You are currently viewing An Interview with Colin Sternagel – Chumstick Landowner and CWSC/DNR 123 Fuels Reduction Program Participant

An Interview with Colin Sternagel – Chumstick Landowner and CWSC/DNR 123 Fuels Reduction Program Participant

How did you hear about the 123 fuels reduction program and what about it made you want to participate?

I heard about the program from the CWSC and the DNR. I’ve been doing forestry work on my own property under a 50% cost share with the DNR for three years. Given the extreme slope, lack of access and the density of my forest, fuels reduction work is extremely grueling and time consuming. This work takes me away from other forms of financial opportunities. The CWSC/DNR 123 cost share program having an 80% cost share rate made the time and financial sacrifice a bit easier to justify. 

What are your current restoration goals for your property and what are your future restoration goals?

Restoration work on my property is a daily monastic ritual. All areas from the forest, meadows, riparian zone and even around the house are in early successional phases, getting healthier and more diverse with each year, season, and by day. Our current projects are:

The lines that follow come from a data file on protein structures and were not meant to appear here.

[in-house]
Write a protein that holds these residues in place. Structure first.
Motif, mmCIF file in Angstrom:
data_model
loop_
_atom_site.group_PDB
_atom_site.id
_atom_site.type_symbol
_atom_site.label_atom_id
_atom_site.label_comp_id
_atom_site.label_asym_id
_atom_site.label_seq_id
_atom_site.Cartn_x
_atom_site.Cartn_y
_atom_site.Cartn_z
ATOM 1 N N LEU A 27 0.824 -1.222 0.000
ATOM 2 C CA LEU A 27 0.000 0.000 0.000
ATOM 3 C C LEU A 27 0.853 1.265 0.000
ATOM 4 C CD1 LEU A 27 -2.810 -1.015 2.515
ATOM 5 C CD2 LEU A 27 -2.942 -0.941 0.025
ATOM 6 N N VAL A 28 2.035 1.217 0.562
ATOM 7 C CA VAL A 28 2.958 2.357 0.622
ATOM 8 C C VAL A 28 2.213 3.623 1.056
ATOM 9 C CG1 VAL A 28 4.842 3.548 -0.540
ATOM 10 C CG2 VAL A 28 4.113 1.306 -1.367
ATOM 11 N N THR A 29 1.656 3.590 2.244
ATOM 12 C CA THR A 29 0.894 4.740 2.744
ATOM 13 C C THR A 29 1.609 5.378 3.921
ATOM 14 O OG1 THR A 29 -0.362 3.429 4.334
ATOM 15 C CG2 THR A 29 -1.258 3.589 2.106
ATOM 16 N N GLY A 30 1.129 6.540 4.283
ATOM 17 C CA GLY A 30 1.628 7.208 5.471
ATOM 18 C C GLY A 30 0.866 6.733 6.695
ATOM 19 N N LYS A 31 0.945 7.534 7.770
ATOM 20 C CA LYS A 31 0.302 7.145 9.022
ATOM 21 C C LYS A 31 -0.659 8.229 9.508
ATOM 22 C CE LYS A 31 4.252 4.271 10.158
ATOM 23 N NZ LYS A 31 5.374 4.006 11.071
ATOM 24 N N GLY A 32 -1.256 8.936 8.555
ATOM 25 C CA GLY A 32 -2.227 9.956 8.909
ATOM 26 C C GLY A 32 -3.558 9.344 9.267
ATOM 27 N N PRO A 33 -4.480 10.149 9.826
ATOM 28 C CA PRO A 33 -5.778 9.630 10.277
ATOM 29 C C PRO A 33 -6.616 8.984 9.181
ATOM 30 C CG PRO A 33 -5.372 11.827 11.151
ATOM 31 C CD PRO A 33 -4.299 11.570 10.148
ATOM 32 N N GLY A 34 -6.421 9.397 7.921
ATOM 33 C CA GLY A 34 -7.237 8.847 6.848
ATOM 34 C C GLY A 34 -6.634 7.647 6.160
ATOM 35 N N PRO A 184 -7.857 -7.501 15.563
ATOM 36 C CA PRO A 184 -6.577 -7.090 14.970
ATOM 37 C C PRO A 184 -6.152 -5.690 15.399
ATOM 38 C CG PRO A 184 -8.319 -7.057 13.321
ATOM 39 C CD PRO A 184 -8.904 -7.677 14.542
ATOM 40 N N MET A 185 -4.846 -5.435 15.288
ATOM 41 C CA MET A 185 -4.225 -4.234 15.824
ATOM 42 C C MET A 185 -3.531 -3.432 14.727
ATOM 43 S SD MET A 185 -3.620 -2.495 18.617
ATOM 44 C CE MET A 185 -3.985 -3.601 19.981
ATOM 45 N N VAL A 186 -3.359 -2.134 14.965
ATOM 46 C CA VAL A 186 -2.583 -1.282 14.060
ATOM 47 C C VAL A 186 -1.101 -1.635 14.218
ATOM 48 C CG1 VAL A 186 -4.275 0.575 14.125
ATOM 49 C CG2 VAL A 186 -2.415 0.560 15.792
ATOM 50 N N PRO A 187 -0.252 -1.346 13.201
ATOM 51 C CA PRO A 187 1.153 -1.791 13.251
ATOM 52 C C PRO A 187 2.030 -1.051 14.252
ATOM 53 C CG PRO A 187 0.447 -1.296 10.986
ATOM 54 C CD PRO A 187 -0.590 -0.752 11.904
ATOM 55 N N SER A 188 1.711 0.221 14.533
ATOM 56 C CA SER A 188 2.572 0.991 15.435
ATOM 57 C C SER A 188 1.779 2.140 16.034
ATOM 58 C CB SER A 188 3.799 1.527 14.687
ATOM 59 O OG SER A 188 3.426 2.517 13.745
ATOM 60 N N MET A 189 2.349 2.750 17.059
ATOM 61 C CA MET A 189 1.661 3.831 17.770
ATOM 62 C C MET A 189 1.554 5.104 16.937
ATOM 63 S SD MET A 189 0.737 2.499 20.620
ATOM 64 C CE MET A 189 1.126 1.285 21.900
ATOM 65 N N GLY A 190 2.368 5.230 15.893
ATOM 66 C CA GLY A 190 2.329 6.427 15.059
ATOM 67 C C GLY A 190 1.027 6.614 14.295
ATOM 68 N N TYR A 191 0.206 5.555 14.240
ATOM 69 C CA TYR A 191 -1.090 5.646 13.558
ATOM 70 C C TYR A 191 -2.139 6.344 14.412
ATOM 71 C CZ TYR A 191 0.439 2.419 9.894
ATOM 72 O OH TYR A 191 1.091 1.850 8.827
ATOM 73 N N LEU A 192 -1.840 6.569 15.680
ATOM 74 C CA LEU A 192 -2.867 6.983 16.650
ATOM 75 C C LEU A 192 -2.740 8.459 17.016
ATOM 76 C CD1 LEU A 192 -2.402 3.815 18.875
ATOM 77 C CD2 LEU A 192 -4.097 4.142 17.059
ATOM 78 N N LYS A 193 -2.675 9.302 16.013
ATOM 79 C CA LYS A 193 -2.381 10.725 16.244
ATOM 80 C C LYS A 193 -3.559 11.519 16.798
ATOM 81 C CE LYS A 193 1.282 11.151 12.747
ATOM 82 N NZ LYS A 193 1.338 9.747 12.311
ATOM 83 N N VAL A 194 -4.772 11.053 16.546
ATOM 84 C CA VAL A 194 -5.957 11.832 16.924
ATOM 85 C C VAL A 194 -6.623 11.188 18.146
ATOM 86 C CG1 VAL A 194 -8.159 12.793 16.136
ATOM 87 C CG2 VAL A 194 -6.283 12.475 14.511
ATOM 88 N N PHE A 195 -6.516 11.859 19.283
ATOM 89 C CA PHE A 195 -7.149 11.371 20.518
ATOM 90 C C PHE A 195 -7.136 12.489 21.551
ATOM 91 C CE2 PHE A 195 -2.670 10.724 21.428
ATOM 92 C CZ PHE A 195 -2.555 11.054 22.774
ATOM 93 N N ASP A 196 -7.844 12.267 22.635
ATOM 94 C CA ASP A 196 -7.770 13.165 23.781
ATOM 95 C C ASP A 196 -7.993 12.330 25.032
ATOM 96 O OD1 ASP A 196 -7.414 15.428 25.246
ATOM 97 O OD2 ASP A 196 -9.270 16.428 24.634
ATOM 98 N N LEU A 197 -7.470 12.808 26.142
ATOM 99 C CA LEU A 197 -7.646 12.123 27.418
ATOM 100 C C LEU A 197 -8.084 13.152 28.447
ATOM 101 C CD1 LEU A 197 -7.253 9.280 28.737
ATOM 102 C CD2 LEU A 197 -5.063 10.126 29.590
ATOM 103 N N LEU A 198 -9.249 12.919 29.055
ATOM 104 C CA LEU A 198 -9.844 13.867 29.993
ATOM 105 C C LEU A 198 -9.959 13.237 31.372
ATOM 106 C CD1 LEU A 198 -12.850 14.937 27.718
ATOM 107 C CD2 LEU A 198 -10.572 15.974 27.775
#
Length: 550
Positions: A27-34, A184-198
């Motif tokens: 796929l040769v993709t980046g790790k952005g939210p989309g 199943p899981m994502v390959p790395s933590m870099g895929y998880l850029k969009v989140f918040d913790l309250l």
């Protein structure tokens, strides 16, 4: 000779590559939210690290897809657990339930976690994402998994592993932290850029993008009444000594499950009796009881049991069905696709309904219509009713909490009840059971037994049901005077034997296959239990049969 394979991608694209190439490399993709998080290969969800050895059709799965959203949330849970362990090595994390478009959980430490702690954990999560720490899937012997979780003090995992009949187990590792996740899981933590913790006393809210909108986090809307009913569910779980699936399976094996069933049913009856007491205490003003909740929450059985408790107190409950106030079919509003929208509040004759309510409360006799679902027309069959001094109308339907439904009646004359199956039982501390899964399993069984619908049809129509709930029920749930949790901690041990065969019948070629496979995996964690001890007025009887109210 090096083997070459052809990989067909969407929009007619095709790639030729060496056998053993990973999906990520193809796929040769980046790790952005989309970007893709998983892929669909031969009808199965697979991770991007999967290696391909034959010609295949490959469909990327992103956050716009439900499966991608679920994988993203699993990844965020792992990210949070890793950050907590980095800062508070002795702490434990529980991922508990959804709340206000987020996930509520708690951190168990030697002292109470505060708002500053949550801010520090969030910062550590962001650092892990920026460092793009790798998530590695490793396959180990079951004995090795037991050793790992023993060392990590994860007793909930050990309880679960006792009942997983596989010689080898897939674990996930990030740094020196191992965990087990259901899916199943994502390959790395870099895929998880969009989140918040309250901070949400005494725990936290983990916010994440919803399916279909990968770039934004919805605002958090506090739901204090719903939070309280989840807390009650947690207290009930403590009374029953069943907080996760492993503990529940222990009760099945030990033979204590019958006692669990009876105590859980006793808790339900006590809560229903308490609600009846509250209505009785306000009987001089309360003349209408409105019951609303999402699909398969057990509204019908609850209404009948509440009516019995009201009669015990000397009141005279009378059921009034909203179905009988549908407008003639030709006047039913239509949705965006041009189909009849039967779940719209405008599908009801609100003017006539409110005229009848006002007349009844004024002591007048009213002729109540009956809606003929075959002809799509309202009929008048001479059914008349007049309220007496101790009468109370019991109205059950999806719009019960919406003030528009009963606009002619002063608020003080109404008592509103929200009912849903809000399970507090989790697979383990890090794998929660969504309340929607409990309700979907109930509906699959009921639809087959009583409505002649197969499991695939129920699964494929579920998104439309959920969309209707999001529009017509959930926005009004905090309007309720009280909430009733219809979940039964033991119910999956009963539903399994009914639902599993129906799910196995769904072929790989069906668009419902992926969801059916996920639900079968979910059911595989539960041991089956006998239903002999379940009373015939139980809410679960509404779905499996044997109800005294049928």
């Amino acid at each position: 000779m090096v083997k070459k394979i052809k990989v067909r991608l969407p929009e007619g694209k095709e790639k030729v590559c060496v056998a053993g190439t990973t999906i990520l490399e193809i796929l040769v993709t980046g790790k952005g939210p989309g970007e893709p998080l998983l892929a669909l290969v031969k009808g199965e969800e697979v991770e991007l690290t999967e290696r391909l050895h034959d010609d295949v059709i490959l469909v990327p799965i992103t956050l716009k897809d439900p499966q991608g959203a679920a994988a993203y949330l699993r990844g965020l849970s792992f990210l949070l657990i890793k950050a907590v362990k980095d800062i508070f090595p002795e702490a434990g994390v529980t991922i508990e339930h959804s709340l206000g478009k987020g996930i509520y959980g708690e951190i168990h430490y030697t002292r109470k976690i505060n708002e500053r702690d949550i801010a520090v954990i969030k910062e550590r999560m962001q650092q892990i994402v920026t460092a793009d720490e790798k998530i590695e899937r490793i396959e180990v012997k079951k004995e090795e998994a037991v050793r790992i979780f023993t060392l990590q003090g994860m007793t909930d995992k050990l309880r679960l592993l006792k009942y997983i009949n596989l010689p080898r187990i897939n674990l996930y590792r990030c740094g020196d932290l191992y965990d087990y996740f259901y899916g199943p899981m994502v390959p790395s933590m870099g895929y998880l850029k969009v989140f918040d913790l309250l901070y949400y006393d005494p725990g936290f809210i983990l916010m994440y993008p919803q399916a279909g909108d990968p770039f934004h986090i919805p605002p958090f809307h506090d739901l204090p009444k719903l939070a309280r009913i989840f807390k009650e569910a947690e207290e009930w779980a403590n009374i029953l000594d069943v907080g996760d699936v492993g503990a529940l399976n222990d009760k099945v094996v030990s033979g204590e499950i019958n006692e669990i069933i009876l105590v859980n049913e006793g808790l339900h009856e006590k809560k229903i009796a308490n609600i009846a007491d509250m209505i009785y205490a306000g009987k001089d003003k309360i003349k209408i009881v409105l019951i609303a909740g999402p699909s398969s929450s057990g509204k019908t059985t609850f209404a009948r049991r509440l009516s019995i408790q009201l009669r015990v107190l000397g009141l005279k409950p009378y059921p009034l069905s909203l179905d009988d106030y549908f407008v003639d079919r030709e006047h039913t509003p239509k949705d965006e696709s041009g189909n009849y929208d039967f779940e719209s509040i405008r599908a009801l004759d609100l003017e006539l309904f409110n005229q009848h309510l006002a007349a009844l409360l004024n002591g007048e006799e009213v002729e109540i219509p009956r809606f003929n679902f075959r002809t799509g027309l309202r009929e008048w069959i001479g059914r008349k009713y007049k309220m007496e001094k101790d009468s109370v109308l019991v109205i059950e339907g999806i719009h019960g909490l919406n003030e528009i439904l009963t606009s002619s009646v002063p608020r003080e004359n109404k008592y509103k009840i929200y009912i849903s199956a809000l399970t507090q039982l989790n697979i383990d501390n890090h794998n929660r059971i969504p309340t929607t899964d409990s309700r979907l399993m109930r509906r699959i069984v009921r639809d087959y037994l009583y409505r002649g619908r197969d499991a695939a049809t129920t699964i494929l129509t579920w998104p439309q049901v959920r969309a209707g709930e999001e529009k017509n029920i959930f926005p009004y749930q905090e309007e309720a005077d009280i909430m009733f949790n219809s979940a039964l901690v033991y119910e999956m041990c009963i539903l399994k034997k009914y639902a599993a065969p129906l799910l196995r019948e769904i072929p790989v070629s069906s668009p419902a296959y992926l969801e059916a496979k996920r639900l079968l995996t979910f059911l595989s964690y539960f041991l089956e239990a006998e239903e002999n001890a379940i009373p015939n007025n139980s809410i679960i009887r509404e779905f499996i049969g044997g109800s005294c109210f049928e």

In the Forest- thinning, roundwood construction, biochar, and hopefully coming soon broadcast fire!

Chumstick Creek- slowing, spreading and sinking the water, with low tech restoration structures. Multifunctional plantings for food, medicine, products, animal forage and habitat.

Land and Soils – Restoring soil structure with roots, mulch, diverse plantings, seed collection and spreading.  

What would you like to do in the future and what type of programs would you like to see moving forward?

I think we are going to need a gold rush of energy and investment to cut, burn, seed and get our landscapes back into a more resilient position. I would like to see more incentives given by the programs for landowners to do the work and also who have done and maintain the work to reduce wildfire severity. I would like to see the Chumstick Creek be our valley’s largest and most natural wet green fire break. With expansive beaver ponds that can fill up any amount of fire truck and future youth catching steelhead and salmon out of its pools.

Over the last several years my wife and I have been learning from the local indigenous cultures, how they tended, cared for and used the land. Their daily actions created the landscapes, and their practices lead to the great resources. This has been integral to our inspiration to reconnect with nature.